Police Protective Association union President Chris Collins said the officer — whose name won’t be released until 48 hours after the shooting per department policy — made the right decision.
“Those officers took the actions they did to save the life of that woman last night,” Collins said. “Every one of those officers have to react in a split second to what they see.”
Had police been drawn into a lengthy negotiation with the teen who then slit his mother’s throat, Collins said, police would have been culpable for her death.
Oquendo doesn’t see it like that.
“They murdered my son,” she said. “They shot at his head. They could have shot at his arm. They could have shot at his leg. They could have Tasered him. They aimed to kill.”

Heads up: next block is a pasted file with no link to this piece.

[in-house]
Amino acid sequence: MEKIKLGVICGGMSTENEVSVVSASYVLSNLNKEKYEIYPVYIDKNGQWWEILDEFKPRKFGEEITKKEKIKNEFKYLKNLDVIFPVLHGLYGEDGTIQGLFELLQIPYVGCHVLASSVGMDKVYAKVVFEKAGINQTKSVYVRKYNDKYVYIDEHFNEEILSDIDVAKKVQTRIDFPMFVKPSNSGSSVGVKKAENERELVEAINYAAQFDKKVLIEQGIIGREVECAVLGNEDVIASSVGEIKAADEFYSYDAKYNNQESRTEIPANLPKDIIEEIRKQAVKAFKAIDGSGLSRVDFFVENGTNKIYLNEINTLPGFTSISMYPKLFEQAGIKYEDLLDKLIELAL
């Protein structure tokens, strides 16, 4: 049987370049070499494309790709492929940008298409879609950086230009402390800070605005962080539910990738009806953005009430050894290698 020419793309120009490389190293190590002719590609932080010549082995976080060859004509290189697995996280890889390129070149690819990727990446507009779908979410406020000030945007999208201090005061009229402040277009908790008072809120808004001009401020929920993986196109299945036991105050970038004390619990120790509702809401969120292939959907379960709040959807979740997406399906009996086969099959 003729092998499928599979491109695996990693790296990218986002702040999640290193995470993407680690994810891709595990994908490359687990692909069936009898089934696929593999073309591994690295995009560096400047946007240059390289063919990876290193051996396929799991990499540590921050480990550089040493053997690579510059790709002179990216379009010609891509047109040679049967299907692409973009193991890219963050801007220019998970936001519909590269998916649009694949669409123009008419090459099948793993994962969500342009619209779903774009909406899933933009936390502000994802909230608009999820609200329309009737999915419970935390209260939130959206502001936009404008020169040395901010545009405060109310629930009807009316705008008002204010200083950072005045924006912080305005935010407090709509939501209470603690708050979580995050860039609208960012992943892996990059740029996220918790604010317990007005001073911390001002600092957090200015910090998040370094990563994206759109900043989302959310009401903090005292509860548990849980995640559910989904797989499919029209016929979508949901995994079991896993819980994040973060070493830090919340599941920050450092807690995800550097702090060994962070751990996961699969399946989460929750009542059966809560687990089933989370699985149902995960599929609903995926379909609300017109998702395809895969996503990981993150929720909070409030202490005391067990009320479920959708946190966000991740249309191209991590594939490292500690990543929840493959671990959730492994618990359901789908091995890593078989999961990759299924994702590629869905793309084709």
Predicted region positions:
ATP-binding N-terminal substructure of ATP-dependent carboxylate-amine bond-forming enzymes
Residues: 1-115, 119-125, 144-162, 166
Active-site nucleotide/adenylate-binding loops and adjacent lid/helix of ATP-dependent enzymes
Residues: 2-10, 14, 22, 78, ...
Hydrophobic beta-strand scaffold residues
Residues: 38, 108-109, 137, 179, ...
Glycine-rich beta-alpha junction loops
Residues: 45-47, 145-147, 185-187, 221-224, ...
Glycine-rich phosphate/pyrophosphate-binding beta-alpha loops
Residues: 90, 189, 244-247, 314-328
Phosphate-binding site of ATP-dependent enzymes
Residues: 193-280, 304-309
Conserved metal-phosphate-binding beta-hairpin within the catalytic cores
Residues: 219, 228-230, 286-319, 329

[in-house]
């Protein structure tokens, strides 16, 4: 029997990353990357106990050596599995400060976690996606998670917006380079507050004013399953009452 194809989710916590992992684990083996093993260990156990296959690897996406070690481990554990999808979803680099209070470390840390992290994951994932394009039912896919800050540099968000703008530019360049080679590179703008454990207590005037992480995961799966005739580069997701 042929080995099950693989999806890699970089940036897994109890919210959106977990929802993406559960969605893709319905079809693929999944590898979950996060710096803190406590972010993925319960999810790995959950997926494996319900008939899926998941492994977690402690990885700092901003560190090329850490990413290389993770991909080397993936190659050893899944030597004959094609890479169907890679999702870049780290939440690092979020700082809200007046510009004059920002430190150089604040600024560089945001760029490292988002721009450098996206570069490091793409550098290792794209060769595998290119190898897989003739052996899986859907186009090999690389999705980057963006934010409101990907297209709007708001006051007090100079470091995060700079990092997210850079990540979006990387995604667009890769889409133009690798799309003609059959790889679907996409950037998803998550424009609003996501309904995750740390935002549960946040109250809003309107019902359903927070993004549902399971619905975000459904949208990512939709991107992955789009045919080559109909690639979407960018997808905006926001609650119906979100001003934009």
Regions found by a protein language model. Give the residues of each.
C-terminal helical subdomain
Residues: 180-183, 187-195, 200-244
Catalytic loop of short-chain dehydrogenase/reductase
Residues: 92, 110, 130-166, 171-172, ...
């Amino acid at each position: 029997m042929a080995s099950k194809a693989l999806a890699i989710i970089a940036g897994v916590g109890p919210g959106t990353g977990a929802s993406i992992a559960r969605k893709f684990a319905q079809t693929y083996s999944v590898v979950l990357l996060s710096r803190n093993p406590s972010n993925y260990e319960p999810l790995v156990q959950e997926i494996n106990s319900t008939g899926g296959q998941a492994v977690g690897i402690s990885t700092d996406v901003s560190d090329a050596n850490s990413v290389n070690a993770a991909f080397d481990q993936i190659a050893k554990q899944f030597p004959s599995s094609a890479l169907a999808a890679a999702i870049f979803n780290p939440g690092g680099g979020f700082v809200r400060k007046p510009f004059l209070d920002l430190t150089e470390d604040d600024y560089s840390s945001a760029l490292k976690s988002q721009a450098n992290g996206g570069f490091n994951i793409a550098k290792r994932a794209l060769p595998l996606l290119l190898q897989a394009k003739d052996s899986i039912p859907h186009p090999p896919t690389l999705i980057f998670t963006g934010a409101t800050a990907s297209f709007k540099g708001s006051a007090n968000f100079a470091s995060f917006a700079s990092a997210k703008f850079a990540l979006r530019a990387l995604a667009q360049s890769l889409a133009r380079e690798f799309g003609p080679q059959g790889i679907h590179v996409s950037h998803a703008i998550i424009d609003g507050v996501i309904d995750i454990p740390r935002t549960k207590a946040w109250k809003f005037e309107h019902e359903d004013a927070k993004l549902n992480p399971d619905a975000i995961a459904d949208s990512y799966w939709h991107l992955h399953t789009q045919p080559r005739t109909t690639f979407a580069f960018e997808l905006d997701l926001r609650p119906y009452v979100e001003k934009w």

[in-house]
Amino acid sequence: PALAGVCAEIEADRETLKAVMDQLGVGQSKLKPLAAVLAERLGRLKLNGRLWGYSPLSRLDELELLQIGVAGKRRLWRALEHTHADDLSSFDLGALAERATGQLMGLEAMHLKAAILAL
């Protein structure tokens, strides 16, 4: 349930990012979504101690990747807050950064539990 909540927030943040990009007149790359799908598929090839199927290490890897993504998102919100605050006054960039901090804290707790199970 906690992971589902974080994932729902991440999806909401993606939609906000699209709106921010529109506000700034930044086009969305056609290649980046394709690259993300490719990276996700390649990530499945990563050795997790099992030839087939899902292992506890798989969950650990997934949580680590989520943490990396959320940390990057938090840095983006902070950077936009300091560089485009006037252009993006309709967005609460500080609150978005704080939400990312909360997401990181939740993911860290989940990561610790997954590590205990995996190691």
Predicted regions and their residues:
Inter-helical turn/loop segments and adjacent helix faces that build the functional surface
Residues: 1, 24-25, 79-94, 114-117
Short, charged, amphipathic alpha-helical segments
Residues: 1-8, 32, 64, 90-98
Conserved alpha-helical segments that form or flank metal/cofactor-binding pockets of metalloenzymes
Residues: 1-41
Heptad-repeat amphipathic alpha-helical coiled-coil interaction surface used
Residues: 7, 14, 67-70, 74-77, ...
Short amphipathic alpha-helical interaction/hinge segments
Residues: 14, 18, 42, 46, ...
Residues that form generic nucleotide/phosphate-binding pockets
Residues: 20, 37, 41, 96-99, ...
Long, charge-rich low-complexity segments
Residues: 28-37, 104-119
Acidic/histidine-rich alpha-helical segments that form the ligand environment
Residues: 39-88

Las Vegas police officials on Wednesday did not release additional details of the officer-involved shooting.
“This is an ongoing investigation,” Las Vegas police spokesman Bill Cassell said. “We’re not going to make any comments about anything relating to this.”
A coroner’s inquest jury will be convened to decide whether the shooting was justified, excusable or criminal. The officer who fired his weapon has been placed on paid administrative leave pending the outcome of the inquest.
Oquendo said Tuesday that was the first time her son had been violent with her. Oquendo said her son “snapped” and started breaking things. She said he pulled her hair and punched her in the head. She said he did not hurt her.
Oquendo said her son was diagnosed with bipolar disorder when he was 14. He refused to take any medication because he didn't want to stifle his creativity, a family member said.